Title text: I have this weird thing where if I don't drink enough water, I start feeling bad and then die of dehydration.
Eating is fundamentally a process where energy from food gets absorbed into the body in order to drive every cellular process in the body. Energy that is absorbed but not needed in the short term gets converted and stored as body fat. This is called metabolism. Consuming too much food and not exercising enough are major factors for obesity, which is a problem in many first world countries today, especially in the United States.
For obese people, losing weight is often an enormously difficult task. Standing in stark contrast, there are also lean people who do not seem to ever gain any weight even though they appear to eat whatever and however much they want. This leads some people (including the lean people themselves) to believe that one can have a special metabolism where excess food energy somehow does not affect the body. This belief is common, though not supported by scientific evidence. The comic makes fun of that kind of notion. While Cueball describes to White Hat how his metabolism is "special" (the phrase "one of those" implicitly meaning unusual), he is in fact only describing the normal case: no matter what he eats, his body converts the food to energy and stores any excess food as fat which stays in his body for future use.
The title text stretches this further, telling about the normal habit of drinking water (and the consequences of not drinking it) as something odd. Starting to feel bad at first and eventually dying if refraining from drinking for too long a time are perfectly normal consequences of dehydration. This was also touched upon in 1708: Dehydration, in which Megan spent all day researching whether low-grade dehydration is really a thing -- ironically forgetting to eat or drink at all, to predictable results.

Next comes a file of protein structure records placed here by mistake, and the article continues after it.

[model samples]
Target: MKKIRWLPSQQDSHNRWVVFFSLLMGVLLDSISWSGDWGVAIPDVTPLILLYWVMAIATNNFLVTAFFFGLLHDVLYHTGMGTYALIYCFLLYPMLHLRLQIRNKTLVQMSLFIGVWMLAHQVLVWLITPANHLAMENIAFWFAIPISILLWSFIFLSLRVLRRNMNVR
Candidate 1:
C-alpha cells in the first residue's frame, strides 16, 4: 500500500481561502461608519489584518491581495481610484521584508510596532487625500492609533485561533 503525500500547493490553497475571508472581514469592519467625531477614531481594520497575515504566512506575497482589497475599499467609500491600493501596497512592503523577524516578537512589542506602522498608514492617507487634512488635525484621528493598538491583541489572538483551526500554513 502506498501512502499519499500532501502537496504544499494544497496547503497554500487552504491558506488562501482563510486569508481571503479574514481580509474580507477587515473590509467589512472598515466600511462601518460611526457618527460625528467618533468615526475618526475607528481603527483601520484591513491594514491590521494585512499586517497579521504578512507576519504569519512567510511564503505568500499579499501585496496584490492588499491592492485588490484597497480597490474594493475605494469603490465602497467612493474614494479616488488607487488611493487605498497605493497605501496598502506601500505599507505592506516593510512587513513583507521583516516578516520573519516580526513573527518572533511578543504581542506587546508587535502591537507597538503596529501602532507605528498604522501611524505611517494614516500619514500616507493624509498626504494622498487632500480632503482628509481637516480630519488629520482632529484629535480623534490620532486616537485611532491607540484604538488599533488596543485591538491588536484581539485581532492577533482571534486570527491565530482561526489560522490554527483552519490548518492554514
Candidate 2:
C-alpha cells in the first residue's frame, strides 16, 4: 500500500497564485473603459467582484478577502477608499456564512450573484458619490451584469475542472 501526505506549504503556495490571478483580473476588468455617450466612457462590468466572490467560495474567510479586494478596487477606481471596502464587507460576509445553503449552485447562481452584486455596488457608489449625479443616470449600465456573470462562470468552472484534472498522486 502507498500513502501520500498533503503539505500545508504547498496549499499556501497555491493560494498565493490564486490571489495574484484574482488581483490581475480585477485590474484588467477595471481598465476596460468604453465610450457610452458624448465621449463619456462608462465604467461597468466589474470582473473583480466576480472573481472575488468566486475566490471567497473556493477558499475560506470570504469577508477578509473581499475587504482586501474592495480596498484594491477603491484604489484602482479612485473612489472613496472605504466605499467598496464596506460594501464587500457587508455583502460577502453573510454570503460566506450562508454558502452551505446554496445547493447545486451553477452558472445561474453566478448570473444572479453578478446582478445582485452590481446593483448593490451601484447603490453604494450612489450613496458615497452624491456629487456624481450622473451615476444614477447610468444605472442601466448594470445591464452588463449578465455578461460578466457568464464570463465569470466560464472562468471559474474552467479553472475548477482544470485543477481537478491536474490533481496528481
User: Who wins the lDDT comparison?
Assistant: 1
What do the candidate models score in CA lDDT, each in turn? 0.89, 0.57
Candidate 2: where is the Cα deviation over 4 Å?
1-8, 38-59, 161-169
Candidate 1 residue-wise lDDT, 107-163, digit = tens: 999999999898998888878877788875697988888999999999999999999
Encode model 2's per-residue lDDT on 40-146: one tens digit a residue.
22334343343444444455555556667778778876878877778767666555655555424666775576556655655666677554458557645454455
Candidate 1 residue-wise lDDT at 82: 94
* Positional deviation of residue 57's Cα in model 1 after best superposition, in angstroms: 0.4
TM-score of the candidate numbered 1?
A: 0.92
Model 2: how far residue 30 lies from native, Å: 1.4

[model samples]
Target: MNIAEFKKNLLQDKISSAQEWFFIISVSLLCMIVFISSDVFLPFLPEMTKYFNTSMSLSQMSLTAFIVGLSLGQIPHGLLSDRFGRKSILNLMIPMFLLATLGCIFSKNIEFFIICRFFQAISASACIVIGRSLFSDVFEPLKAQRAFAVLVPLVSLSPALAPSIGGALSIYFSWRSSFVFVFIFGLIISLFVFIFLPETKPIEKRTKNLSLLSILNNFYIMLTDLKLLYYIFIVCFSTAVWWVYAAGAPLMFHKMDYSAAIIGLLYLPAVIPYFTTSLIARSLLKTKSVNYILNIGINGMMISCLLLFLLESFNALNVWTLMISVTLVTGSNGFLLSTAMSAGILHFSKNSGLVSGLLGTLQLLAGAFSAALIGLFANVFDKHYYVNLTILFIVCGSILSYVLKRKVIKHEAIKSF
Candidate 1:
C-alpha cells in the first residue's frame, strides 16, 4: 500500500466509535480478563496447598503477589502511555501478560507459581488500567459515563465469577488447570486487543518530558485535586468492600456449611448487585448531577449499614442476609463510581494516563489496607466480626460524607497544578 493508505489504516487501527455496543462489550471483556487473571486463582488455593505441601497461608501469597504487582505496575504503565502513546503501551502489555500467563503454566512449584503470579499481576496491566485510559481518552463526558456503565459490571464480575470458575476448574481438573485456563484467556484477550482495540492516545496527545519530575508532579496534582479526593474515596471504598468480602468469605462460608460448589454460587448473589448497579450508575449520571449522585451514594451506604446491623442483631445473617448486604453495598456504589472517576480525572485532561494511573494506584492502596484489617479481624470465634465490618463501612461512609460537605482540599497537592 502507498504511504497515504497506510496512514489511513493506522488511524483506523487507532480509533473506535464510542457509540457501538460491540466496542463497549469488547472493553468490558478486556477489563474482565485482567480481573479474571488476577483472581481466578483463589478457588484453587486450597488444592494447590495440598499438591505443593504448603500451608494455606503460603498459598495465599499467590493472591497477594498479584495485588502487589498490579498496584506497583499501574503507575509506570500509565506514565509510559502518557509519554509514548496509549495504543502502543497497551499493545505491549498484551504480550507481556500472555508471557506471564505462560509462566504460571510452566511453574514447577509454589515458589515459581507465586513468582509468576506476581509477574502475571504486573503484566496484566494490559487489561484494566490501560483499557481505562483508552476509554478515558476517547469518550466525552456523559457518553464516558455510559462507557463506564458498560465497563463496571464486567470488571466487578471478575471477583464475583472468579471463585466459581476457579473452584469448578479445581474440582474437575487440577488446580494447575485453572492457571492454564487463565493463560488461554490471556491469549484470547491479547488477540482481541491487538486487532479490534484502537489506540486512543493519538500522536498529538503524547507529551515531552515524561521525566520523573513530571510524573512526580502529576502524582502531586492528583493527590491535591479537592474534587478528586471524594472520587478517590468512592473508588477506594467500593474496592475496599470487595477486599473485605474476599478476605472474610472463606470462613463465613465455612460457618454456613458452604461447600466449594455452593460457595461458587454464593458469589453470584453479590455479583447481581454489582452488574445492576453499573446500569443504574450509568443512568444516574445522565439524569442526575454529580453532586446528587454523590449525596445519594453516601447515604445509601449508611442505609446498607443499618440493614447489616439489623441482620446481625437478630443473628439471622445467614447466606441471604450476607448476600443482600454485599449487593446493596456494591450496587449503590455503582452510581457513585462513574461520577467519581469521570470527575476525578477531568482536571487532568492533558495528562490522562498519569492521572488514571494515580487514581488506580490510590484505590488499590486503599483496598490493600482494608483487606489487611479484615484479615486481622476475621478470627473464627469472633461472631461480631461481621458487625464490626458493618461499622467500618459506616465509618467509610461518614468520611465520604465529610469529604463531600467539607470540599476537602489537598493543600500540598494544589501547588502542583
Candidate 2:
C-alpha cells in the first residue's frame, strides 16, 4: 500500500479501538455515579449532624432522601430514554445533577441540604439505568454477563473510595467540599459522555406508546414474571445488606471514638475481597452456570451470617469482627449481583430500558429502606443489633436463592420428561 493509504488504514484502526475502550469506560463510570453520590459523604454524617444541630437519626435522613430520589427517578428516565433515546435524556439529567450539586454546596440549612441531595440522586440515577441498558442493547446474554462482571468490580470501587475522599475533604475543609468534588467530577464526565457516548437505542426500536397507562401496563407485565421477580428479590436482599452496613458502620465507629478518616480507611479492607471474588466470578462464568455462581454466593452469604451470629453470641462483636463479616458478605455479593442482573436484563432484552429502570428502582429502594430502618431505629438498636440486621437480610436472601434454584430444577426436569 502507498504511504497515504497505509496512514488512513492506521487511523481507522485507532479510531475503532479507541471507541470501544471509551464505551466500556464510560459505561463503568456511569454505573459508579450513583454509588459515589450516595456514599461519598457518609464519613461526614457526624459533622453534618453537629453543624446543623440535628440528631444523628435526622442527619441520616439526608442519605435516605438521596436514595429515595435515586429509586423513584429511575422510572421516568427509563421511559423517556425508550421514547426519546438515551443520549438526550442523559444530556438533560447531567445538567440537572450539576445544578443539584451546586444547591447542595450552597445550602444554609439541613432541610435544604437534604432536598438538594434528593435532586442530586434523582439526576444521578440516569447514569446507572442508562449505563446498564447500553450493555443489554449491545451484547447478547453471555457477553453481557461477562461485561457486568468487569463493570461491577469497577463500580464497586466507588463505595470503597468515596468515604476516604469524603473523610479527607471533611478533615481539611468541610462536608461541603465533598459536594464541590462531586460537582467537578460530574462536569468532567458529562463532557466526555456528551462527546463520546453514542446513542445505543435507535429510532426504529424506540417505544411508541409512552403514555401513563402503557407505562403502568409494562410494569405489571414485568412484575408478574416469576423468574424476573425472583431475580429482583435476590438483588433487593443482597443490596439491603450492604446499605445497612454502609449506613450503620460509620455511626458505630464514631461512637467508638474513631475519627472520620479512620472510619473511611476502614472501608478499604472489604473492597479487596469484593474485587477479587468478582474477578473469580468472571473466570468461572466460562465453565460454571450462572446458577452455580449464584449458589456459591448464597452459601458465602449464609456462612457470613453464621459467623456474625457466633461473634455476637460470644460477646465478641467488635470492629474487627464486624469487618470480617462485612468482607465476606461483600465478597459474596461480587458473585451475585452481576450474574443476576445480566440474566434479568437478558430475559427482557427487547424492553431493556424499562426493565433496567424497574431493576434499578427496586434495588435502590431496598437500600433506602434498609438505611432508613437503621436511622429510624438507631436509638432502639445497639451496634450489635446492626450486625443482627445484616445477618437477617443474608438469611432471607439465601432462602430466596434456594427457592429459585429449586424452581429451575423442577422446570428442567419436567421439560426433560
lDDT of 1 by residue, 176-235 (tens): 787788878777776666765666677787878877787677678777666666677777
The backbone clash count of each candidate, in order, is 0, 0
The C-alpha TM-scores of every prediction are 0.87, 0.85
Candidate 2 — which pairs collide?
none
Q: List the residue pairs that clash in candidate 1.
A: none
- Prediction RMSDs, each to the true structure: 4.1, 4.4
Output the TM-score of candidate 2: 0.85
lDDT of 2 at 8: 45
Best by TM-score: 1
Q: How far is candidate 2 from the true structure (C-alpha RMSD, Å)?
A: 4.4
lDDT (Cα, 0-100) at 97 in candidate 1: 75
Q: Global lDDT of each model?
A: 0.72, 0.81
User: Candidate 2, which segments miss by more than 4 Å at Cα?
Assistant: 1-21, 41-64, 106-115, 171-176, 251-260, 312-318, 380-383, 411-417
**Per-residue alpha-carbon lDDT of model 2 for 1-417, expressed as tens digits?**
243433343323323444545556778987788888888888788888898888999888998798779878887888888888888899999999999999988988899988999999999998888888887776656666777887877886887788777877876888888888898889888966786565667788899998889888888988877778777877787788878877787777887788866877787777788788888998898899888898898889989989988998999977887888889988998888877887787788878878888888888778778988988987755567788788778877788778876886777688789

Obesity has only fairly recently become a public health issue due to lifestyle changes brought on by technologies such as industrialization and trade. Human bodies evolved under conditions where it was hard to ever find enough to eat, so to store as much excess energy as possible as fat was a beneficial adaptation. Historically, stored fat would be consumed during hard times that was sure to come. The act of collecting food through farming or hunting/gathering also demanded physical labor which limited the amount of excess energy that would remain. In comparison, people nowadays hardly need to expend any energy to buy their food from a nearby market. They also have much more sedentary lifestyles and rarely ever go hungry. Without an active commitment to exercise more or eat less, there would almost never be a shortage of energy and no chance for body fat to be used. Randall has previously shown how bad his health becomes when he starts eating lots of fat (or sweet) food in 418: Stove Ownership.
There are many rational explanations for why some people might not gain weight despite eating a lot. For example, it's possible that they only eat a lot during special occasions and social gatherings, where they are easily seen eating. On more private occasions when no one is watching, they could just as well eat much less or even skip entire meals. They might also lead a much more active lifestyle and thus require more energy than an average person despite their thin appearance. Other less pleasant reasons might include chronic diseases, parasite infections, or eating disorders.
This is the second comic in a row about food, the previous being 1743: Coffee.
- [Cueball, on the left, and White Hat are sitting on chairs on either side of a table, facing each other. They each have plates of food and glasses of some beverage set in front of them. Each has picked up a portion of food on a fork to eat it.]
- Cueball: I have one of those metabolisms where I can eat whatever I want and my body converts it to energy and stores the excess as fat.
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